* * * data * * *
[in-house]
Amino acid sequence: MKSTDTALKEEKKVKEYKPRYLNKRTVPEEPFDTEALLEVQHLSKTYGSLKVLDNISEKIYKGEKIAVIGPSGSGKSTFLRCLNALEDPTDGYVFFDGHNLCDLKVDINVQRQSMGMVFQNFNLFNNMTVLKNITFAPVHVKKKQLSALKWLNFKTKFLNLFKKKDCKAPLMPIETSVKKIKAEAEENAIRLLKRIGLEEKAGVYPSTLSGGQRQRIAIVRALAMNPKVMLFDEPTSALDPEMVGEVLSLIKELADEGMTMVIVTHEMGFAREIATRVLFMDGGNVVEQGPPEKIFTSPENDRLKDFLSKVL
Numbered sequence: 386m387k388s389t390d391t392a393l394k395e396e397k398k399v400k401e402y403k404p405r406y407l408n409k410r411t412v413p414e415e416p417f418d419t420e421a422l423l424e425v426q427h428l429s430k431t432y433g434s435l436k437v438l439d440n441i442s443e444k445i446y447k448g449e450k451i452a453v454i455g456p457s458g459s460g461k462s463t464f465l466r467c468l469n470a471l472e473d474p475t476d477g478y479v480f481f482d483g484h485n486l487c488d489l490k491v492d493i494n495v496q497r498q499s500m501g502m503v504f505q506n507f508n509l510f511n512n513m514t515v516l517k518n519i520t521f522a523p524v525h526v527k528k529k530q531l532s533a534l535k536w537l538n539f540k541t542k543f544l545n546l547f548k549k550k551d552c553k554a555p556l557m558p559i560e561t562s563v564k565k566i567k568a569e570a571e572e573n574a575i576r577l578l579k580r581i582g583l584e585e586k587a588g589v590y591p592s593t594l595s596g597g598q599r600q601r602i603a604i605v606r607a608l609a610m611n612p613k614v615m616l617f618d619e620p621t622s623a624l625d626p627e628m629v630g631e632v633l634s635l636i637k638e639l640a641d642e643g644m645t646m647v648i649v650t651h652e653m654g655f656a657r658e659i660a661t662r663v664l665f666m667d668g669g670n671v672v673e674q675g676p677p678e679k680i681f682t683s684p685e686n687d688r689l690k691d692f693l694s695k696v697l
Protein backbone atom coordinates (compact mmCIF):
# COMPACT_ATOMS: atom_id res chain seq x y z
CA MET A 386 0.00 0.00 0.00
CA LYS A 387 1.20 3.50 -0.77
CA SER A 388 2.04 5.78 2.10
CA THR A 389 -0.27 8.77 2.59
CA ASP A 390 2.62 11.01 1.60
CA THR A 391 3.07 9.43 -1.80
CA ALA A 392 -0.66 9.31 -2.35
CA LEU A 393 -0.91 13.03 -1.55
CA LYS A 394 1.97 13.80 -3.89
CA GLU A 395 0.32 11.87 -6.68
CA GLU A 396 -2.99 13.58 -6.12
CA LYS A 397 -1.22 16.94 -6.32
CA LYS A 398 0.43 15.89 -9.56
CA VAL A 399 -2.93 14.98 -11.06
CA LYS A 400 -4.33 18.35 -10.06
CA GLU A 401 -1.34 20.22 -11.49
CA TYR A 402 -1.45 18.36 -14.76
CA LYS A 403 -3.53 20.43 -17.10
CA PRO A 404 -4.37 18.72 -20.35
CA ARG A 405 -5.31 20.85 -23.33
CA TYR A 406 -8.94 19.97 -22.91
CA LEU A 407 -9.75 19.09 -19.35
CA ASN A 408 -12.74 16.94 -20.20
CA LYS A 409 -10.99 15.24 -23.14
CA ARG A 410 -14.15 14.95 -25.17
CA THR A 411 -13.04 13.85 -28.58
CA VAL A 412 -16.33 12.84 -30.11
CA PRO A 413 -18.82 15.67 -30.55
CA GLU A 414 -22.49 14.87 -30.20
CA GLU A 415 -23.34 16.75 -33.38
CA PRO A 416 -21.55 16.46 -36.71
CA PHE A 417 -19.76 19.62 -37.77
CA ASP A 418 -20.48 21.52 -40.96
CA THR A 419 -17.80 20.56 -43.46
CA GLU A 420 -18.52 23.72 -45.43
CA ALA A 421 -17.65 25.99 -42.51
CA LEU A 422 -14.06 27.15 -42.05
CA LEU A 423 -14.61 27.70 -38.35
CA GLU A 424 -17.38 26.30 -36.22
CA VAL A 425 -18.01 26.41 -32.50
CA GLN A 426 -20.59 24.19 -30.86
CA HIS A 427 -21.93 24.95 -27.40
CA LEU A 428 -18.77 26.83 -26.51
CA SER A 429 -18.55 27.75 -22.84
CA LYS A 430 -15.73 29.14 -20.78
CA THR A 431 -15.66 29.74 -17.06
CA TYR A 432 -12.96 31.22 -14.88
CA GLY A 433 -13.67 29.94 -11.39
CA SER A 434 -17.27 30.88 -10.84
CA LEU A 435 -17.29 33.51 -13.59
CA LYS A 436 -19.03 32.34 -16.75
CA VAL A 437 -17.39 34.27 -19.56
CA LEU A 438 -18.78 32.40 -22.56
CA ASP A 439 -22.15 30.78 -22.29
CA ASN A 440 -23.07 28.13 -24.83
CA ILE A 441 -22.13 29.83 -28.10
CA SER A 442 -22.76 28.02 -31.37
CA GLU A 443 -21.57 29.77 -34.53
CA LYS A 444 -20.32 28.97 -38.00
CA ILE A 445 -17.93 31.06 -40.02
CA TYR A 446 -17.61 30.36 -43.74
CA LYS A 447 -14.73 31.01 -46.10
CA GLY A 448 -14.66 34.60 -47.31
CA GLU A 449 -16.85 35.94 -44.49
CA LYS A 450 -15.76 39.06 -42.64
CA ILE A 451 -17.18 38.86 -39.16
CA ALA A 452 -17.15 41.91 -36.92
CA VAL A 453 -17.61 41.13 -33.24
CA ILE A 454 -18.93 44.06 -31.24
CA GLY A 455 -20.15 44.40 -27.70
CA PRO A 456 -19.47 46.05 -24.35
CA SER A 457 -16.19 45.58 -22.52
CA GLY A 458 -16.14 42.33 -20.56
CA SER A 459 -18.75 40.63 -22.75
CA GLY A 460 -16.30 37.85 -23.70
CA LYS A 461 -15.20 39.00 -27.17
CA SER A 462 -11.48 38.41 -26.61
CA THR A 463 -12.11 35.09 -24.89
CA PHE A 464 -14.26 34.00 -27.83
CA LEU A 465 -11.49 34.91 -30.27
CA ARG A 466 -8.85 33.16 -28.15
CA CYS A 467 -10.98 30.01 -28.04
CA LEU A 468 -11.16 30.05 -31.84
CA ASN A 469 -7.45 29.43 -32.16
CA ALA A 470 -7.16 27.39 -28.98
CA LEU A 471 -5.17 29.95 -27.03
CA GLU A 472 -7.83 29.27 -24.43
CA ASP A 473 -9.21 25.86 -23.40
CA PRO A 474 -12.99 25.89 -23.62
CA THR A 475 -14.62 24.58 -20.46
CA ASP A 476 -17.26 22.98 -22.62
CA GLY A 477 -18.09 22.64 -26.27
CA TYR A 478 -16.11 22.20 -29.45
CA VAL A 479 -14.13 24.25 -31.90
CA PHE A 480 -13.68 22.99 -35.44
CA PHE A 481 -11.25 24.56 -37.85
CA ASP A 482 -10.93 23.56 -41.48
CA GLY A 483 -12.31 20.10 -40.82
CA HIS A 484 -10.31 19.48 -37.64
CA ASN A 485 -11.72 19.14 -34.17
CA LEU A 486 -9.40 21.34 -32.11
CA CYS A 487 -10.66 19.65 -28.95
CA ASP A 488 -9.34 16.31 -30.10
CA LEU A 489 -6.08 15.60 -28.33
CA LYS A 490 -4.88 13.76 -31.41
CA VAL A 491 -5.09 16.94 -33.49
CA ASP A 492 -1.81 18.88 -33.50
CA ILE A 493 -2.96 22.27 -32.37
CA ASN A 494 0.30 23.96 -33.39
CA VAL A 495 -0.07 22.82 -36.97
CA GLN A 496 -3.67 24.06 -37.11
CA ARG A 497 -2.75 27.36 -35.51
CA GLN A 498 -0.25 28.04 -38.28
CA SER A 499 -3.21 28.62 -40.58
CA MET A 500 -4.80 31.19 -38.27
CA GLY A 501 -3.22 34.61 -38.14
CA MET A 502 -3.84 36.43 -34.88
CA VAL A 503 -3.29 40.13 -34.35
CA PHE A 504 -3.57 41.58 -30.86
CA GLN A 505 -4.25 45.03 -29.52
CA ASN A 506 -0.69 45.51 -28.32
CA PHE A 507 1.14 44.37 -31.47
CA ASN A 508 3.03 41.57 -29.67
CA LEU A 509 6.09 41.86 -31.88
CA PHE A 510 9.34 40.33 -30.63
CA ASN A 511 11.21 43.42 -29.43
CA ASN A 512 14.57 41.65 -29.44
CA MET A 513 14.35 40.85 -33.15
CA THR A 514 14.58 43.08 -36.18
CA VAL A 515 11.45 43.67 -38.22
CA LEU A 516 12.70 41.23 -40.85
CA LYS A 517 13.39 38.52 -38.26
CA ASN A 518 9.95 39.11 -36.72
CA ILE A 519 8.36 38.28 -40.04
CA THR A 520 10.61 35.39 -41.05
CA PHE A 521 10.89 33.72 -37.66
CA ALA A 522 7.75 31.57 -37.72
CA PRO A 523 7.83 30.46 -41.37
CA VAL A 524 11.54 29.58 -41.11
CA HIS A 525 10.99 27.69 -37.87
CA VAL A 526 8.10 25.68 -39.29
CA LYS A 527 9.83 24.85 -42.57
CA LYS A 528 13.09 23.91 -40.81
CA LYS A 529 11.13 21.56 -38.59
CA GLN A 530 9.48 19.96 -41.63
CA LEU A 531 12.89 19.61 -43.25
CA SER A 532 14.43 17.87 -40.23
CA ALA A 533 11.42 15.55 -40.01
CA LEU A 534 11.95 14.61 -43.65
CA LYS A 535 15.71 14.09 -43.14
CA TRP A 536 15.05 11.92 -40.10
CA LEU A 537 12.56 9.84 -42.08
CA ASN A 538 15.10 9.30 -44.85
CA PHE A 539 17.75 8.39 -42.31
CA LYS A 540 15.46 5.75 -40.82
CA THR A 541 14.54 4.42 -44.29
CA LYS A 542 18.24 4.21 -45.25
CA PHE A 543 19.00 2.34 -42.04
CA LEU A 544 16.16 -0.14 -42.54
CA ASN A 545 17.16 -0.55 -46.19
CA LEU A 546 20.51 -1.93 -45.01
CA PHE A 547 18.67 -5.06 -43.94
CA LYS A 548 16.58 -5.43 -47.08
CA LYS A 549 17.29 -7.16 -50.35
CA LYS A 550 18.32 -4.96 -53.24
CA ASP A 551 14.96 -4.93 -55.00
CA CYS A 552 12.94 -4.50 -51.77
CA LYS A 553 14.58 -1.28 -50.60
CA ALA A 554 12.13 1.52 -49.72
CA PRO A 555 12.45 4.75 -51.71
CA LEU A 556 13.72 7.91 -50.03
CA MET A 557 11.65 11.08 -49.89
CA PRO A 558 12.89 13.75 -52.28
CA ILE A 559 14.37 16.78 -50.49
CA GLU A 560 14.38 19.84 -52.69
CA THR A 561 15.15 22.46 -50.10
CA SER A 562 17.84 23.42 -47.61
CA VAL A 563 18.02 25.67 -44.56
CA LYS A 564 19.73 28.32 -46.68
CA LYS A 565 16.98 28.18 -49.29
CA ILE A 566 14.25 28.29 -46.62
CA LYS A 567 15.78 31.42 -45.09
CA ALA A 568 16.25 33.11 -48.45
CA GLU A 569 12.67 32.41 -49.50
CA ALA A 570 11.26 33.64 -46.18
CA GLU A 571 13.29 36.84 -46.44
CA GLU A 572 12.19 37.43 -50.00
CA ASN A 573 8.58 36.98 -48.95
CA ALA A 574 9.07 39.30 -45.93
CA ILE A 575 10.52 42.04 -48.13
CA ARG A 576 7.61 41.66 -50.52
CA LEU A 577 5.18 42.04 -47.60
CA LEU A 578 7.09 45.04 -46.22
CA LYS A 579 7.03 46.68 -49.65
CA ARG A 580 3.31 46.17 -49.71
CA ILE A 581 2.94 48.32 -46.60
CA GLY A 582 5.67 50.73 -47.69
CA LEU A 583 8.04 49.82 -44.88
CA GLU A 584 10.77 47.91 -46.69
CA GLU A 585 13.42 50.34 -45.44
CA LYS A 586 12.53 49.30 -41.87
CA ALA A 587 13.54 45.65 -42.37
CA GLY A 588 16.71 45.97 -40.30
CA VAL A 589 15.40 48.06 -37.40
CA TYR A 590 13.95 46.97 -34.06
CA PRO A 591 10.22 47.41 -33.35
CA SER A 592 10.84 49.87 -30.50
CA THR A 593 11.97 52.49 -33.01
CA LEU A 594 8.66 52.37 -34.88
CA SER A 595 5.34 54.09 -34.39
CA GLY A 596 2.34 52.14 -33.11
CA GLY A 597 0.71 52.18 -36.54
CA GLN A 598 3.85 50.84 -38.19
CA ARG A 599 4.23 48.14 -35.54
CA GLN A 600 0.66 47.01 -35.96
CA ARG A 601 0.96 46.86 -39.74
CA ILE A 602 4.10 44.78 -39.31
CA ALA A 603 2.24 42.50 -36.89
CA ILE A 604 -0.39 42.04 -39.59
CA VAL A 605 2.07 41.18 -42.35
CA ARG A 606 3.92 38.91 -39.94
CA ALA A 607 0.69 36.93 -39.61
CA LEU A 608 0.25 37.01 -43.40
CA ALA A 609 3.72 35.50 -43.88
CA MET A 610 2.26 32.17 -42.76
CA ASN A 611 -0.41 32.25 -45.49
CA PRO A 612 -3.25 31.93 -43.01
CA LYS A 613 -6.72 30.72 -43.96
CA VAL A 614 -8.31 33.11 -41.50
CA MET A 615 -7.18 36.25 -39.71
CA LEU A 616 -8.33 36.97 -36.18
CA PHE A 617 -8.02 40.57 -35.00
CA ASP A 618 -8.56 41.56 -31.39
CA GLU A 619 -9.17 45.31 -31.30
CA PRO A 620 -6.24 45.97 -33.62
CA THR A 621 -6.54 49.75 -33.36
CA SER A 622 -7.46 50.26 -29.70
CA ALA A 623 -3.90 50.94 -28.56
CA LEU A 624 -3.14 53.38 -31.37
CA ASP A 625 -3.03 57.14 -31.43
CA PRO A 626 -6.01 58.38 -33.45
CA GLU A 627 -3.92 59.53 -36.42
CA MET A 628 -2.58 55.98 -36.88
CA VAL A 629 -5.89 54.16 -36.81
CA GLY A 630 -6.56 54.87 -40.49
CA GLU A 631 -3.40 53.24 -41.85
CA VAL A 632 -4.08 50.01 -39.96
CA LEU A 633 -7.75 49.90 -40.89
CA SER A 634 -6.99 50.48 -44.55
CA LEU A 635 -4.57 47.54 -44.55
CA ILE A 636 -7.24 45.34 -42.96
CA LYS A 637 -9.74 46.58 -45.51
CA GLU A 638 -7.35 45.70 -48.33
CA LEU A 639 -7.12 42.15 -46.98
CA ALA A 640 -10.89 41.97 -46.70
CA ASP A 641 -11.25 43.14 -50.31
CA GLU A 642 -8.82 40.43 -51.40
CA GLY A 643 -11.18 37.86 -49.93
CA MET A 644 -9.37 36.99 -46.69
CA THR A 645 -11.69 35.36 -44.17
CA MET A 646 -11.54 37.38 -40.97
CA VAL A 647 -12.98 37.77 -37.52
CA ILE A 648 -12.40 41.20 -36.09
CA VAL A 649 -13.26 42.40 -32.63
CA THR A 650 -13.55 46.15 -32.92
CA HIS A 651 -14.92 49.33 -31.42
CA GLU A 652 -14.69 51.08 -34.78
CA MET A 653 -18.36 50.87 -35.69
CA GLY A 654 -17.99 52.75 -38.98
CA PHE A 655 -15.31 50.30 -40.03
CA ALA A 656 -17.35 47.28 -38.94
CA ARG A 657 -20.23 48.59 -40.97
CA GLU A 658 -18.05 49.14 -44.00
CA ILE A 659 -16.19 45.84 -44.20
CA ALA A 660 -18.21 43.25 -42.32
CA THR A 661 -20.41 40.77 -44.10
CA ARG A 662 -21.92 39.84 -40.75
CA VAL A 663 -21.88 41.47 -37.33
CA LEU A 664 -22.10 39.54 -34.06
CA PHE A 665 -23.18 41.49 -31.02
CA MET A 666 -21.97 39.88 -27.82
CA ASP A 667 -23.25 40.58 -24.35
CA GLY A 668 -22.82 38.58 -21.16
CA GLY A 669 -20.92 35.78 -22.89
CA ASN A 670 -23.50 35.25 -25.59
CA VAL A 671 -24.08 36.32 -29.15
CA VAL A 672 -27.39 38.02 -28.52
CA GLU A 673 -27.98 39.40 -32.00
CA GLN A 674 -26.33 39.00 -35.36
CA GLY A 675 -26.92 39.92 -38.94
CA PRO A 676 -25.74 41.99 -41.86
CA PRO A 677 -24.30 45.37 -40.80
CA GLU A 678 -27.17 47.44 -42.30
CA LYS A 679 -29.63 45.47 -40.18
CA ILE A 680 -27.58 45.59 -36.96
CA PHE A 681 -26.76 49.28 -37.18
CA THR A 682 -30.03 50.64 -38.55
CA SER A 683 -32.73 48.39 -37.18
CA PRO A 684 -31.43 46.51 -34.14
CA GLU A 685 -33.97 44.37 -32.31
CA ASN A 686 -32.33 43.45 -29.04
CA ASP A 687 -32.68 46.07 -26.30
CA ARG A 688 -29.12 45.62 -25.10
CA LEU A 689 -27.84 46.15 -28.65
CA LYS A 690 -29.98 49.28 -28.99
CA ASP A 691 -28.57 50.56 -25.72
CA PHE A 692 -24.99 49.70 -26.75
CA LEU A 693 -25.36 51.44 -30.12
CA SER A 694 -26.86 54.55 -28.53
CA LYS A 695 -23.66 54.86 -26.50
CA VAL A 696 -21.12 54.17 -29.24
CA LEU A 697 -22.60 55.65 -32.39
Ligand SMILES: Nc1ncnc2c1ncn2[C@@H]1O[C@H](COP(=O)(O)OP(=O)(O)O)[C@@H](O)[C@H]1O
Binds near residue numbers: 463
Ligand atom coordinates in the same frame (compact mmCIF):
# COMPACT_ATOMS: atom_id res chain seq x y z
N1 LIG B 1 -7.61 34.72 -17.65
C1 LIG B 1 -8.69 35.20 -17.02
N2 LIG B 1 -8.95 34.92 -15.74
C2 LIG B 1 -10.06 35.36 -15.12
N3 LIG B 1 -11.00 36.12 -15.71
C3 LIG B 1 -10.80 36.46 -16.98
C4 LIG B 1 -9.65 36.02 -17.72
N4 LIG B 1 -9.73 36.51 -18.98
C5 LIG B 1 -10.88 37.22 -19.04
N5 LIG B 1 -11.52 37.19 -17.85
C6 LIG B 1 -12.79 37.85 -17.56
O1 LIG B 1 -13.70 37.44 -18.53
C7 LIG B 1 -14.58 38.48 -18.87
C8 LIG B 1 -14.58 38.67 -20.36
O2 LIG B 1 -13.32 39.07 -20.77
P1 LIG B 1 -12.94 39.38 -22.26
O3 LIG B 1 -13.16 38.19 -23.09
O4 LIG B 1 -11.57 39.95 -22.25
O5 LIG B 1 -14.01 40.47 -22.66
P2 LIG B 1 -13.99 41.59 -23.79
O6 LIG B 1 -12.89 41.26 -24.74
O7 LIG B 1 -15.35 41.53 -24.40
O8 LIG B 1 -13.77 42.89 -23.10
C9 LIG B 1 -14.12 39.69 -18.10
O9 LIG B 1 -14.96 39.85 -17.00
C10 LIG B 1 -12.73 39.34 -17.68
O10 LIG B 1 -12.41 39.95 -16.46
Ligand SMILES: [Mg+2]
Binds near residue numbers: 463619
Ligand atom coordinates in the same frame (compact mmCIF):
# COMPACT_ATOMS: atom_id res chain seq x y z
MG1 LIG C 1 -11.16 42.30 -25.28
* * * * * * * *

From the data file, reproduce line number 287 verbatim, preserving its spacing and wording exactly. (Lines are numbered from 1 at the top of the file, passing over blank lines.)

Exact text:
CA ASP A 667 -23.25 40.58 -24.35